BACKGROUND Adverse drug reactions are unpredictable immunologic events presenting frequent challenges to clinical management. Systemically administered cholecalciferol (vitamin D3) has immunomodulatory properties. In this randomized, double-blinded, placebo-controlled interventional trial of healthy human adults, we investigated the clinical and molecular immunomodulatory effects of a single high dose of oral vitamin D3 on an experimentally induced chemical rash.METHODS Skin inflammation was induced with topical nitrogen mustard (NM) in 28 participants. Participant-specific inflammatory responses to NM alone were characterized using clinical measures, serum studies, and skin tissue analysis over the next week. All participants underwent repeat NM exposure to the opposite arm and then received placebo or 200,000 IU cholecalciferol intervention. The complete rash reaction was followed by multi-omic analysis, clinical measures, and serum studies over 6 weeks.RESULTS Cholecalciferol mitigated acute inflammation in all participants and achieved 6 weeks of durable responses. Integrative analysis of skin and blood identified an unexpected divergence in response severity to NM, corroborated by systemic neutrophilia and significant histopathologic and clinical differences. Multi-omic and pathway analyses revealed a 3-biomarker signature (CCL20, CCL2, CXCL8) unique to exaggerated responders that is suppressed by cholecalciferol and implicates IL-17 signaling involvement.CONCLUSION High-dose systemic cholecalciferol may be an effective treatment for severe reactions to topical chemotherapy. Our findings have broad implications for cholecalciferol as an antiinflammatory intervention against the development of exaggerated immune responses.TRIAL REGISTRATION clinicaltrials.gov (NCT02968446).FUNDING NIH and National Institute of Arthritis and Musculoskeletal and Skin Diseases (NIAMS; grants U01AR064144, U01AR071168, P30 AR075049, U54 AR079795, and P30 AR039750 (CWRU)).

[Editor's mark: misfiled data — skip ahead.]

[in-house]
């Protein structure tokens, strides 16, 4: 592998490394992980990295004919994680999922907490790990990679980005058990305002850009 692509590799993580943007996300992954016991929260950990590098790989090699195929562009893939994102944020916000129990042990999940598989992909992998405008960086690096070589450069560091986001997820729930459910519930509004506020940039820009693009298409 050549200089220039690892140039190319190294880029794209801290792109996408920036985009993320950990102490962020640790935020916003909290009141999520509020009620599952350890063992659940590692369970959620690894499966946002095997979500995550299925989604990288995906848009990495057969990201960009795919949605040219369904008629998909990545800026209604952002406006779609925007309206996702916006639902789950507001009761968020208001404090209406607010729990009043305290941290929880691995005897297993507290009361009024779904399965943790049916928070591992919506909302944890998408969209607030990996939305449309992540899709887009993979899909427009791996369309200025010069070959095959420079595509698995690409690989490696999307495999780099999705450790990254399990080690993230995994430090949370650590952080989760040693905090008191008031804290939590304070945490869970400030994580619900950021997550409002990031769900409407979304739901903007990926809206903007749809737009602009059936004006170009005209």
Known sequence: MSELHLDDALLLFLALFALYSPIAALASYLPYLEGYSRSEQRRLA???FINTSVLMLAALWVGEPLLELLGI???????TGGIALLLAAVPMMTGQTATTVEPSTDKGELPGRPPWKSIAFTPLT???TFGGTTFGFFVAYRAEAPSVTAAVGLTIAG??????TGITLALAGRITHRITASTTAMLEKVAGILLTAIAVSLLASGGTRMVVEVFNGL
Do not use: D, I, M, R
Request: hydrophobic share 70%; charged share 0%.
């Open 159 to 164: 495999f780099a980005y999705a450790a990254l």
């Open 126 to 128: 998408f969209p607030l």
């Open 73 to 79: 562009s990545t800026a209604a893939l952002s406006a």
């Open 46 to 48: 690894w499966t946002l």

Madison K. Ernst, Spencer T. Evans, Jose-Marc Techner, Robert M. Rothbaum, Luisa F. Christensen, Ummiye Venus Onay, Dauren Biyashev, Michael M. Demczuk, Cuong V. Nguyen, Kord S. Honda, Thomas S. McCormick, Lam C. Tsoi, Johann E. Gudjonsson, Kevin D. Cooper, Kurt Q. Lu
Vitamin D reduces inflammation, despite an exaggerated response to NM exposure.